* This bulletin is intended for scientists, practitioners and others who are interested in climate change issues in Bolivia. Every care is taken to include all the relevant works published in the previous month, however, should you be aware of any research that has been accidentally overlooked, please email a link to

Bolivia’s Best: Carlos Mamani Condori, Researcher and Campaigner for Indigenous Rights


“For me, it is fundamental that we—indigenous communities—win the right to govern ourselves.”

Carlos Mamani is a Bolivian professor, researcher, and campaigner for the rights of indigenous communities. Being an Aymara Indian, he is of indigenous origin himself and has first-hand experience of indigenous culture and of the discrimination faced by his people. He became known during the 1990s for his work promoting the ayllu system of governance in Bolivia, an indigenous land-management method which existed in the pre-Inca era. For this, he was elected to the Ashoka Fellowship, a worldwide network of social entrepreneurs dedicated to changing the world. Since then, Carlos has continued to work tirelessly to discover and disseminate knowledge about indigenous cultures and is regarded as a world expert on the topic.

He spoke to Development Roast about his work and his lifetime passion for bringing recognition and equality to the indigenous populations of the world.

What is the ayllu system and why did you want to promote it?

It’s an organizational model belonging to the indigenous settlements in the region of the Andes and South America that was in existence before the time of the Incas. The system is designed according to the characteristics of our land: our environment is very challenging, especially the Altiplano [high planes] region which is 3,800 to 4,000 meters above sea level. We have to see how we can successfully face the challenges which go with this landscape. For example, there is only one harvest period per year and we have very few crops – only potatoes and quinoa – and only one type of animal – the llama. So it’s important that we have control over, and understand, the ecosystem. The organization is based on relationships between human beings, especially the lending of services, and mutual help. This idea has been fundamental for us [indigenous people] to survive the process of colonization since the 16th century.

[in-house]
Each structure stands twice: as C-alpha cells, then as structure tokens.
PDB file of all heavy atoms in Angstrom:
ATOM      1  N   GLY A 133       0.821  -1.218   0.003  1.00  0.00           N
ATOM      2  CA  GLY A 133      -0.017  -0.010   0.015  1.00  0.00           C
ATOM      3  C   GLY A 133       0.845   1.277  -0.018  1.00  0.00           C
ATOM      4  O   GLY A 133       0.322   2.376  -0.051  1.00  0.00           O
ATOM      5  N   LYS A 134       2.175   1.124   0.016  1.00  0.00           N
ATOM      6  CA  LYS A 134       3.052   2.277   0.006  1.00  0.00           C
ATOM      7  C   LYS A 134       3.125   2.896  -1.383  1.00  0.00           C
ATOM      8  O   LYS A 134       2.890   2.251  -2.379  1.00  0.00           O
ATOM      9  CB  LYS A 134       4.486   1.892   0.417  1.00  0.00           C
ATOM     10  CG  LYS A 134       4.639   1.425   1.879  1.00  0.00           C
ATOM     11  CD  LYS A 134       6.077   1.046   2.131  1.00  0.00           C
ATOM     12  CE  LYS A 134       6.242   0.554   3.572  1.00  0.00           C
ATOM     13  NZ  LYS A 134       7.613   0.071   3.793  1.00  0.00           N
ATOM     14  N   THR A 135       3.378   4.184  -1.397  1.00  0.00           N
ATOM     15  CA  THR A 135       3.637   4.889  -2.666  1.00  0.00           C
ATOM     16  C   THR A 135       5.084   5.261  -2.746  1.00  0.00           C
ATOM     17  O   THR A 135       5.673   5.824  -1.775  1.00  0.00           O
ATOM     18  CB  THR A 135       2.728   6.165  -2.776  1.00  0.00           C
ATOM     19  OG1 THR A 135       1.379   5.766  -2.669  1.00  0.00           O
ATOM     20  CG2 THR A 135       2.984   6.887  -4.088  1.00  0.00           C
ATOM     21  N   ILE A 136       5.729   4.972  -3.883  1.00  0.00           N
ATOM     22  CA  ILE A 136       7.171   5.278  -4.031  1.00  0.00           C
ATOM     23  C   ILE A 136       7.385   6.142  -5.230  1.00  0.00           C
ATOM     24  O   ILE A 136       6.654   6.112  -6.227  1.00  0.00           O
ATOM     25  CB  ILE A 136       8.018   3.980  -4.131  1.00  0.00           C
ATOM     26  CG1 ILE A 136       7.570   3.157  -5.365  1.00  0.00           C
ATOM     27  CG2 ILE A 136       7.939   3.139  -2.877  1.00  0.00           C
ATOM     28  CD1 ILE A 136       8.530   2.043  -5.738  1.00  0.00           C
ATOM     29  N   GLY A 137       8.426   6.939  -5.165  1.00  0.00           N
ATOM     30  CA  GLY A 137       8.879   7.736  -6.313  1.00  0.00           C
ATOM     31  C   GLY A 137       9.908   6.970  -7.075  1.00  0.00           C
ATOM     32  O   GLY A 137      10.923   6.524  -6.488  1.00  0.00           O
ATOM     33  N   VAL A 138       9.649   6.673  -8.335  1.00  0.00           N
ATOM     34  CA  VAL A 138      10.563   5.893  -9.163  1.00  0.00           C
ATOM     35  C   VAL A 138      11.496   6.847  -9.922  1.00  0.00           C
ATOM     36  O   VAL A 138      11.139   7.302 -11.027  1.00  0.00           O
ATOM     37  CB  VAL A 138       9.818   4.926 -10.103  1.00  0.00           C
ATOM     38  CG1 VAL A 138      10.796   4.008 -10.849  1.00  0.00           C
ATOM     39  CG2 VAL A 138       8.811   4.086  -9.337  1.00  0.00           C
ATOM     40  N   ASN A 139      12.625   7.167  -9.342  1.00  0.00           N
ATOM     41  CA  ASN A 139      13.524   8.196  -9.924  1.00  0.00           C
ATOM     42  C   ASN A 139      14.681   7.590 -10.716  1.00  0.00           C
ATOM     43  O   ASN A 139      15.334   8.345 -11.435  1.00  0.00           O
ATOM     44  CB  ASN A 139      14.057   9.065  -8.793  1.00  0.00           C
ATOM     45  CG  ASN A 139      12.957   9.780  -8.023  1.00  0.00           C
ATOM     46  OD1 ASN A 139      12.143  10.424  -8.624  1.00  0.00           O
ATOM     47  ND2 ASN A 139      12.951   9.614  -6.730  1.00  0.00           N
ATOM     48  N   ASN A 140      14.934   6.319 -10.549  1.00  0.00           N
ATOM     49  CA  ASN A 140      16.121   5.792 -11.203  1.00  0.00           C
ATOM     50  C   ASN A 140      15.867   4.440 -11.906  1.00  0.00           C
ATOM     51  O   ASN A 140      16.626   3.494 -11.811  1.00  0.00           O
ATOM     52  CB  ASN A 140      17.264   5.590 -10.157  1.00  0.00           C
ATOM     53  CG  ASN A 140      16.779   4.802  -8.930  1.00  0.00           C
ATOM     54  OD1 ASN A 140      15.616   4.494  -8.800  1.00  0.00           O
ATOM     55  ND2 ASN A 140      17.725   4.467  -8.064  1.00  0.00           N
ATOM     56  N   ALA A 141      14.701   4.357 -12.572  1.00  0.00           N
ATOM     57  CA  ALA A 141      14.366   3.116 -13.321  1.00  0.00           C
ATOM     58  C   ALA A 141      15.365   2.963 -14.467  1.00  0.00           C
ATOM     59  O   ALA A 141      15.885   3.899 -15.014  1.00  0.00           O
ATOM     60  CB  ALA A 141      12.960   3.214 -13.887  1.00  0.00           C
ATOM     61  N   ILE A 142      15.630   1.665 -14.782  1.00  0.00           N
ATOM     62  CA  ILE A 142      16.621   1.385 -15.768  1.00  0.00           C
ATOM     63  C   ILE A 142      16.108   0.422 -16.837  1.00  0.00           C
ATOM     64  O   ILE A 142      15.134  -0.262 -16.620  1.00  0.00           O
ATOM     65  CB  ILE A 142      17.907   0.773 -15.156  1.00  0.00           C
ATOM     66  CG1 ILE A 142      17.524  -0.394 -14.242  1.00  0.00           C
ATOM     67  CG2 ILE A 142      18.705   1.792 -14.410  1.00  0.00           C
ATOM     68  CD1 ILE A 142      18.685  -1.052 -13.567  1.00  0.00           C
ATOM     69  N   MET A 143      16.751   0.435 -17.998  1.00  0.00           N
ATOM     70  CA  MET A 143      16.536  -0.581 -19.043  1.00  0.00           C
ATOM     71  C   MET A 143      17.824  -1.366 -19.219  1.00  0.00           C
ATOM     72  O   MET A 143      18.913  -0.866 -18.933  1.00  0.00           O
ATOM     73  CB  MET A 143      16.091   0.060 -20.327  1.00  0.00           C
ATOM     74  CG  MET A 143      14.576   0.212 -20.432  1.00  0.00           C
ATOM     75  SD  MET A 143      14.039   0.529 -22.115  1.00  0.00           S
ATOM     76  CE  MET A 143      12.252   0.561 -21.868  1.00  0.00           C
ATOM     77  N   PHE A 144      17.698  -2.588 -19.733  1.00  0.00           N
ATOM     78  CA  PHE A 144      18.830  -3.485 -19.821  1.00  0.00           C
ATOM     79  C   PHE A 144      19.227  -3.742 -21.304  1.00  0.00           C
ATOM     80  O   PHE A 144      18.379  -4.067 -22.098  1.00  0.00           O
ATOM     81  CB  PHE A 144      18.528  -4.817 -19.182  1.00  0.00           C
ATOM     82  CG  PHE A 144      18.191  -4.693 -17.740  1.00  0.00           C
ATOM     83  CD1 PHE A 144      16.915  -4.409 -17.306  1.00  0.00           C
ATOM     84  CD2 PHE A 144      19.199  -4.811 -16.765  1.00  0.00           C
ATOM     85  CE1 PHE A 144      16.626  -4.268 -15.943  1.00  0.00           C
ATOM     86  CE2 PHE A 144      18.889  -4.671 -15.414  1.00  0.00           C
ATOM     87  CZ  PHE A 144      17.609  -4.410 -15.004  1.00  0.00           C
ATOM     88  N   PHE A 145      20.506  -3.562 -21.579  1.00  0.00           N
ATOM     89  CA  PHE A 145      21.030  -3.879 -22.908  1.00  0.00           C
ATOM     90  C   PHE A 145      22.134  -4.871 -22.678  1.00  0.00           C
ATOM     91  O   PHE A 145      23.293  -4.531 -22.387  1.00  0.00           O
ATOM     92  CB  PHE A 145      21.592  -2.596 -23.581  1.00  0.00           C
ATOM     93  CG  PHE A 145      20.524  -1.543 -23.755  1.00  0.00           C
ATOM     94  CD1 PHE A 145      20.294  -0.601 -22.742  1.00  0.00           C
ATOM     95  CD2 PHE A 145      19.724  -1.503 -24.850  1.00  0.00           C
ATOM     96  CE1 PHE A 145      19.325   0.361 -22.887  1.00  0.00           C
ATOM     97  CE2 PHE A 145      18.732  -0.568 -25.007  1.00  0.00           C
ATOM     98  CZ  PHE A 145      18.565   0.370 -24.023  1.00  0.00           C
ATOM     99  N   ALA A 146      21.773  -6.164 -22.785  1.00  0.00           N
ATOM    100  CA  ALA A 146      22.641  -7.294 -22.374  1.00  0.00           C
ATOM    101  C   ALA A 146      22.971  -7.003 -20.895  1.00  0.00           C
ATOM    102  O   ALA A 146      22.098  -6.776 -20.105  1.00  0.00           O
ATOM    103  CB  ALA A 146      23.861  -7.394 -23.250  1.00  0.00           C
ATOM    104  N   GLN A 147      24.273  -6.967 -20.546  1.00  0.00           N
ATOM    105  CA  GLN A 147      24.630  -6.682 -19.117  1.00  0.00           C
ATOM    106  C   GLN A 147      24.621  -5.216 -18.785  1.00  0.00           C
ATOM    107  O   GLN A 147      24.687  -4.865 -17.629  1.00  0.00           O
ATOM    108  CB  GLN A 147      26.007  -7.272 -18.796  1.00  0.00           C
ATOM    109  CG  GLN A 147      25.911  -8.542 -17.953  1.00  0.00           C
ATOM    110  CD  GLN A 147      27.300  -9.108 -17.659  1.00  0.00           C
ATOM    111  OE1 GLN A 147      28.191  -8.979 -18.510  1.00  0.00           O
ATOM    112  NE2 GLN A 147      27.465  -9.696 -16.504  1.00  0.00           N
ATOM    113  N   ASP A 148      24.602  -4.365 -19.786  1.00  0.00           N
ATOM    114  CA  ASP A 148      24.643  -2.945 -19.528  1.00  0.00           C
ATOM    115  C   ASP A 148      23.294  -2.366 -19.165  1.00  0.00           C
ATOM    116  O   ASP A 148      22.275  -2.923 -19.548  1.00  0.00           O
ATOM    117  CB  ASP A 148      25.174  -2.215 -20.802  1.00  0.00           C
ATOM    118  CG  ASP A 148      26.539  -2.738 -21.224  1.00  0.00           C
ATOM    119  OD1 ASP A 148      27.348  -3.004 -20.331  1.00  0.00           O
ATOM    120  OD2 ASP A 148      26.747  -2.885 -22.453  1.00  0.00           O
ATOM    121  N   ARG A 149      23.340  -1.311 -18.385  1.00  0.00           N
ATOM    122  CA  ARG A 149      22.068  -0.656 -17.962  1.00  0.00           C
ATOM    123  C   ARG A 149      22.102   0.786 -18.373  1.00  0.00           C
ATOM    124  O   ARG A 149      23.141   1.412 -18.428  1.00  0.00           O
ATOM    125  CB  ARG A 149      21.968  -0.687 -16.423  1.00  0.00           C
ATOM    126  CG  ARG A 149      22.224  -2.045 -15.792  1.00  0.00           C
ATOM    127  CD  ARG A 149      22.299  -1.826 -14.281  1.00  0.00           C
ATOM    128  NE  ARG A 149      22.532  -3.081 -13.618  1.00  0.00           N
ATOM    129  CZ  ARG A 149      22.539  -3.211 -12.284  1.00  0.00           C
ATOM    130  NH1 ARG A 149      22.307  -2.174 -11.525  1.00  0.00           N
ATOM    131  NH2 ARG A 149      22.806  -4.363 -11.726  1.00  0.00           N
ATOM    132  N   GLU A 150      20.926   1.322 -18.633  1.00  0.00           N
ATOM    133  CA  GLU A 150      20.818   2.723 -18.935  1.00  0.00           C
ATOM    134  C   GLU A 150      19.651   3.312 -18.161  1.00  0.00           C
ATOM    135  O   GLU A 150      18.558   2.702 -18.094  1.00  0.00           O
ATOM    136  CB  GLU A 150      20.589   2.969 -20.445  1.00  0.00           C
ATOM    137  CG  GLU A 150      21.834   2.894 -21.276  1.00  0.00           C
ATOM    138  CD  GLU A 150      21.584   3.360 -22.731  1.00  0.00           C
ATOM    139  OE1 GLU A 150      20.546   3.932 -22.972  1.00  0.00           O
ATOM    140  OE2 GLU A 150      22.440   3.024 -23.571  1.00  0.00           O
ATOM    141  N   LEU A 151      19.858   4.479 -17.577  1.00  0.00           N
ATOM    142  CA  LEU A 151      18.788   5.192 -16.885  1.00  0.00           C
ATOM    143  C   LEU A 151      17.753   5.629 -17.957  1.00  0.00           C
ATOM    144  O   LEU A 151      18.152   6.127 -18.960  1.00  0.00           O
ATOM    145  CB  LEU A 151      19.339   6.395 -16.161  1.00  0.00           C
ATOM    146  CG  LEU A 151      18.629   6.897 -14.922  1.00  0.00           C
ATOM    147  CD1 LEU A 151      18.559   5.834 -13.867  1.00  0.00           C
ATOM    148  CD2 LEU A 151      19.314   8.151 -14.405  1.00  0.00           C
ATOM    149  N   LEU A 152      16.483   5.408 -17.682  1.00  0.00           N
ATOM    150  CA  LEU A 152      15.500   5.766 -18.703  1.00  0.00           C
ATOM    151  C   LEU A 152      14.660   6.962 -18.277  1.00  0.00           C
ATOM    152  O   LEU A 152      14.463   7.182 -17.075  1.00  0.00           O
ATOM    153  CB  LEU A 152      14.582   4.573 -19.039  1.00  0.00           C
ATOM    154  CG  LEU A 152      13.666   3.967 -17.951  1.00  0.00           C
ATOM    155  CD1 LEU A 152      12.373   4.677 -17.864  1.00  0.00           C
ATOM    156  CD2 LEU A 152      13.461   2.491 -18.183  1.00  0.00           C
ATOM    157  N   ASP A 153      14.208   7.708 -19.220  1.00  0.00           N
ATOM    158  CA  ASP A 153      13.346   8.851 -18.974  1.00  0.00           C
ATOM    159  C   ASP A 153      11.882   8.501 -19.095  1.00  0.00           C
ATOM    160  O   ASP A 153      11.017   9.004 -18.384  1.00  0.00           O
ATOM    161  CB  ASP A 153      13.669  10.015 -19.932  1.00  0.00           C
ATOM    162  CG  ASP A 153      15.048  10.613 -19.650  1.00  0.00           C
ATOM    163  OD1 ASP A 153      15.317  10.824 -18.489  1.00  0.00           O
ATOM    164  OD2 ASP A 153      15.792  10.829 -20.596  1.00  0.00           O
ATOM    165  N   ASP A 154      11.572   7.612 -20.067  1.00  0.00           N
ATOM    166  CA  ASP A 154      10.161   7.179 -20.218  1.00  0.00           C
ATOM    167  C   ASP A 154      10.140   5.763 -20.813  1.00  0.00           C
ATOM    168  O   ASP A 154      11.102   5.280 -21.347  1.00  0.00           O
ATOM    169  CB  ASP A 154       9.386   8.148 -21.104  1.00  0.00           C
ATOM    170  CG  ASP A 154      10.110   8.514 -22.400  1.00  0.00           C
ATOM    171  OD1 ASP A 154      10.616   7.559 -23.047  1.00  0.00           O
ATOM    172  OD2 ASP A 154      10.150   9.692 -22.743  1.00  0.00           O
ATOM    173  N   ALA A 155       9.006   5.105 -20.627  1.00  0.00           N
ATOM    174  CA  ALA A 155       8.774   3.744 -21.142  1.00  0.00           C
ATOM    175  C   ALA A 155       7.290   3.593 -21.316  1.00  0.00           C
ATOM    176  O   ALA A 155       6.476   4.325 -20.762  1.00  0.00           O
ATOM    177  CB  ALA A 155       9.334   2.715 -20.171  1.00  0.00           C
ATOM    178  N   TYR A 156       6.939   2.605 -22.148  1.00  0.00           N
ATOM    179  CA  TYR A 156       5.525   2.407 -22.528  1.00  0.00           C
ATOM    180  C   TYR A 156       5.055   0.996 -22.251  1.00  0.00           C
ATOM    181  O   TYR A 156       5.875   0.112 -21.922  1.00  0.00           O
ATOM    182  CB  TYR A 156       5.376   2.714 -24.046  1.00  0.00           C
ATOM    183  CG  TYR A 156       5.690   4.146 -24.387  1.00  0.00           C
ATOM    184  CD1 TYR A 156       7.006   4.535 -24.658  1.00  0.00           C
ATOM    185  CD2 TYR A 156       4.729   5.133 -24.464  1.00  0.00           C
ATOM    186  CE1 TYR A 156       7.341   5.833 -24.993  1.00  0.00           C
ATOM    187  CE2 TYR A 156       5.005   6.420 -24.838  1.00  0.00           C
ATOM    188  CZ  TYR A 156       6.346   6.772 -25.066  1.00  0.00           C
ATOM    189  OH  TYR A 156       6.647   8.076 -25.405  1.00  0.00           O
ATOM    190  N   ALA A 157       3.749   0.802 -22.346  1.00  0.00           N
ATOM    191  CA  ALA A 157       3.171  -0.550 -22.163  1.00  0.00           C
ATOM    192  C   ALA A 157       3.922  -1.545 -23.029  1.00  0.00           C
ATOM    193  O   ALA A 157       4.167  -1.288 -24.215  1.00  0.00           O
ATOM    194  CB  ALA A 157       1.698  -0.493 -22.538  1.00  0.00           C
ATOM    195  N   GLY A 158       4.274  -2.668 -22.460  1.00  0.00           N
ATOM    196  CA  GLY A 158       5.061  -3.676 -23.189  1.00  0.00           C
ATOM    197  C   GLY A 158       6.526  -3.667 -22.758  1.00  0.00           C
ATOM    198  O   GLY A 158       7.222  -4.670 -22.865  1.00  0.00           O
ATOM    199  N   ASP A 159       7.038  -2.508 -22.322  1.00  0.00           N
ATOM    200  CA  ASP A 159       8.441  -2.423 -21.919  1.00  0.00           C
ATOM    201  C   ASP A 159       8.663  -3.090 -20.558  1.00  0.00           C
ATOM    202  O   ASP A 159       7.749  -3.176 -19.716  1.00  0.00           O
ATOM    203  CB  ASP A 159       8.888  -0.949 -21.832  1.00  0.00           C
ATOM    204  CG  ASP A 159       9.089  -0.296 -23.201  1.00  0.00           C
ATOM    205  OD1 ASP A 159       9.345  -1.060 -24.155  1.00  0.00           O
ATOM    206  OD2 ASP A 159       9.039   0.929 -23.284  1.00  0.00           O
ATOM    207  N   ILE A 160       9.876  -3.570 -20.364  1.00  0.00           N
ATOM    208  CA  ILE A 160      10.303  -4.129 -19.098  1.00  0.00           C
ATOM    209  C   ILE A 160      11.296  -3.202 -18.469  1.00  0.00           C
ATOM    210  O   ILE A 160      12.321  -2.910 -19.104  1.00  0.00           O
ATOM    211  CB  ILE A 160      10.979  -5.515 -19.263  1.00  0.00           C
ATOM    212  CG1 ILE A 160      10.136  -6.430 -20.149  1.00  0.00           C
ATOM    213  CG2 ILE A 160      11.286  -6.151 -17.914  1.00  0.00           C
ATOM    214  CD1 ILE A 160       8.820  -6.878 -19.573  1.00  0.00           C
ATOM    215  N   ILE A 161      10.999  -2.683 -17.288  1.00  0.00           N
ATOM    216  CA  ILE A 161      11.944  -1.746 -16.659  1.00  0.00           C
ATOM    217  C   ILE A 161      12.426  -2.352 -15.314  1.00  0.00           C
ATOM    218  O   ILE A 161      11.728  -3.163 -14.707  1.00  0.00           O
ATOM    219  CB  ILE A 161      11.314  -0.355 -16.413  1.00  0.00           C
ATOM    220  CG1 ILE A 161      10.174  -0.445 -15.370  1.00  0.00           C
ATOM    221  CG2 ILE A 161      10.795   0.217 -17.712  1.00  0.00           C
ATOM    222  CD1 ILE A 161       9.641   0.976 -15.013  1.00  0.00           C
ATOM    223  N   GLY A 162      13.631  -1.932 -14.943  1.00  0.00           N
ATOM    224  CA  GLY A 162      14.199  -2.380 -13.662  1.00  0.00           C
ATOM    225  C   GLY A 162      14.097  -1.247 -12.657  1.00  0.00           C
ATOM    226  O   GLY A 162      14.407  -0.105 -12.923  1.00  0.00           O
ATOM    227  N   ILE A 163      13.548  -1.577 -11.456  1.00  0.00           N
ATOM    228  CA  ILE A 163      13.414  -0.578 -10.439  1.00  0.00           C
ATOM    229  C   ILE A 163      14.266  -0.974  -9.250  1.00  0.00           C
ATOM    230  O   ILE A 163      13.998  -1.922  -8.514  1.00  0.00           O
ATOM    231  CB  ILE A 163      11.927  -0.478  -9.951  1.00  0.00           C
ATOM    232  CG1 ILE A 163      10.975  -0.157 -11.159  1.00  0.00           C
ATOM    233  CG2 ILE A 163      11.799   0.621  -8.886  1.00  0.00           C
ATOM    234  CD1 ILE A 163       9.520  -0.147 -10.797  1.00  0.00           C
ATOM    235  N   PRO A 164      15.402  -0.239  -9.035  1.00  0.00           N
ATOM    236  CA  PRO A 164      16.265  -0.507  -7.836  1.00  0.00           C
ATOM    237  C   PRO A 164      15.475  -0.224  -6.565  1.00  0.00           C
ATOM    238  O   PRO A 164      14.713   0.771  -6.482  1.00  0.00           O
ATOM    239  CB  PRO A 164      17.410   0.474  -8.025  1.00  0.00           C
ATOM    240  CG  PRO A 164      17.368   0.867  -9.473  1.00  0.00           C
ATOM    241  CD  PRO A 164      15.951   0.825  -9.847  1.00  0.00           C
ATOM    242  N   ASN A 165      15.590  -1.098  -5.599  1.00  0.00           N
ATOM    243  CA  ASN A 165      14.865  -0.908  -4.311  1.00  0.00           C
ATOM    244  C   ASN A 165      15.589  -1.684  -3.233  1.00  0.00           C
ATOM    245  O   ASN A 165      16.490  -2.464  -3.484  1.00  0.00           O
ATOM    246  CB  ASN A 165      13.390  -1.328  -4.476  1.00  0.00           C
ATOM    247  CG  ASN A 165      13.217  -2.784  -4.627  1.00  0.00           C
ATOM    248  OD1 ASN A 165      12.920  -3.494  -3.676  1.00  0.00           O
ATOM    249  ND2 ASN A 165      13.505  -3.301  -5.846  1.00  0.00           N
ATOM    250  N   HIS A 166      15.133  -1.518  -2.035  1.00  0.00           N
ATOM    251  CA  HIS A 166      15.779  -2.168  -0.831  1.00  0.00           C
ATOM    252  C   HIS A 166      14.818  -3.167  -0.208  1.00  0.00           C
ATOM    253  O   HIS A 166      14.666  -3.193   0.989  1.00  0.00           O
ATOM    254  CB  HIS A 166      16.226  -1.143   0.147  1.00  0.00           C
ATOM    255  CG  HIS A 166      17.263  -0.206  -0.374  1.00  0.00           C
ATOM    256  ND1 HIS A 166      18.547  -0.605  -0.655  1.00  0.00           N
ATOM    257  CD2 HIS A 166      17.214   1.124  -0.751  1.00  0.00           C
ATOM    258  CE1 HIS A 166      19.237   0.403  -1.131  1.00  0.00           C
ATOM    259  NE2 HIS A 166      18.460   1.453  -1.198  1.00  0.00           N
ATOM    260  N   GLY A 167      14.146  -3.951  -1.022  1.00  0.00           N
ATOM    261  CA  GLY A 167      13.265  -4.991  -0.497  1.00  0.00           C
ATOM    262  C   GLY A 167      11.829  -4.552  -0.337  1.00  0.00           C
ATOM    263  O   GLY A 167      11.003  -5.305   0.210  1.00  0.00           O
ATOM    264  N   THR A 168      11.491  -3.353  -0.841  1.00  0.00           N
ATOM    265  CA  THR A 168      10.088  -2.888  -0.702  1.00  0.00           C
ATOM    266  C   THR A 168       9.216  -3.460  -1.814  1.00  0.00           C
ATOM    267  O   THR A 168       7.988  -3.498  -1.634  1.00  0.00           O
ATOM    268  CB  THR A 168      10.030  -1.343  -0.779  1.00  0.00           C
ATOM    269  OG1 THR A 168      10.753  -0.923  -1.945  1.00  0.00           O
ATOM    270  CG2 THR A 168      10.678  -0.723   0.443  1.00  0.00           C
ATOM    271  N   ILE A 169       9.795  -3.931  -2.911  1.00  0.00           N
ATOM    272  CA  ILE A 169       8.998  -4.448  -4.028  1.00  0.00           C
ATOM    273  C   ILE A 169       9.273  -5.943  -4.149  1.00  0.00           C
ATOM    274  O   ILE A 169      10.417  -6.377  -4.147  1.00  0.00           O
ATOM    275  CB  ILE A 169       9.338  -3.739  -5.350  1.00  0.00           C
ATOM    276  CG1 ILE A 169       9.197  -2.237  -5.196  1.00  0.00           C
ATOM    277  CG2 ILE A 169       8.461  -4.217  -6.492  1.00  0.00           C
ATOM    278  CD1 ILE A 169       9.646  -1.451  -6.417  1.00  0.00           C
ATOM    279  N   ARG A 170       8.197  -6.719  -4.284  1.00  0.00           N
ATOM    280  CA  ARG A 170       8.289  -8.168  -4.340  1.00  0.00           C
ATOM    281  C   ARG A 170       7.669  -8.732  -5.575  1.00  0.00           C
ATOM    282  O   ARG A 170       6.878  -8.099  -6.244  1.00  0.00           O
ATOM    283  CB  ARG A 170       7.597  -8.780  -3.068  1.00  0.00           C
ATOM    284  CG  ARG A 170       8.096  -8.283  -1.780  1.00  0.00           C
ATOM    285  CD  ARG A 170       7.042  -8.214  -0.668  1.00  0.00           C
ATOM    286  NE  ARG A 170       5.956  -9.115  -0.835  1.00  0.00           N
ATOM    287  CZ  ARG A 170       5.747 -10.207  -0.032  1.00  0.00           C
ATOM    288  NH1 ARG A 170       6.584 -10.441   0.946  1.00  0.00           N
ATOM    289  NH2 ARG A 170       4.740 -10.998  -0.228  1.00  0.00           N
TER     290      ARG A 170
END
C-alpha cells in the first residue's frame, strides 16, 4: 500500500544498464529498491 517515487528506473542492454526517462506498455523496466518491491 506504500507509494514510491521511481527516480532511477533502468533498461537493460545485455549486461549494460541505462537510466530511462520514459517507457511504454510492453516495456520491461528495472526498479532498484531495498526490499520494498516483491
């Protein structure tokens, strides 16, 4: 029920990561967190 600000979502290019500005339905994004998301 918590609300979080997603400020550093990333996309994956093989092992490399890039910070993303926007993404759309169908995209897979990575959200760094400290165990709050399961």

In the 1990s, we had the idea of recovering the ayllu system. At the time, Bolivia, like the majority of the other countries in Latin America, had adopted the process of acculturation [forcing people to adopt a new culture] so that the indigenous settlements would forget their identities, their languages, and their customs, in favor of a single state organization and culture. When we started this work, we set goals of recovering and strengthening awareness of the indigenous identity, building the self-confidence of indigenous people, and preserving the land in a ‘natural’ state. We conducted a study about the state of indigenous communities, and we published several books on the topic. We also made some radio programs which were aired in Aymara and Quechua, and some in Spanish. As well as doing research, I also wanted to disseminate our findings at the international level.

What was it like growing up as an indigenous child?

Until I was 10 years old I didn’t speak Spanish (my native language is Aymara) but I learned at school. When an indigenous person first encounters the western culture and has to use the Spanish language, it’s very difficult because the languages have very distinct rules and concepts. Economically, our family didn’t have many problems because my family were comfortably-off and had a large farm, so my father could pay for my schooling. We indigenous people aren’t all that poor – our problem is not economic but that we are excluded, socially.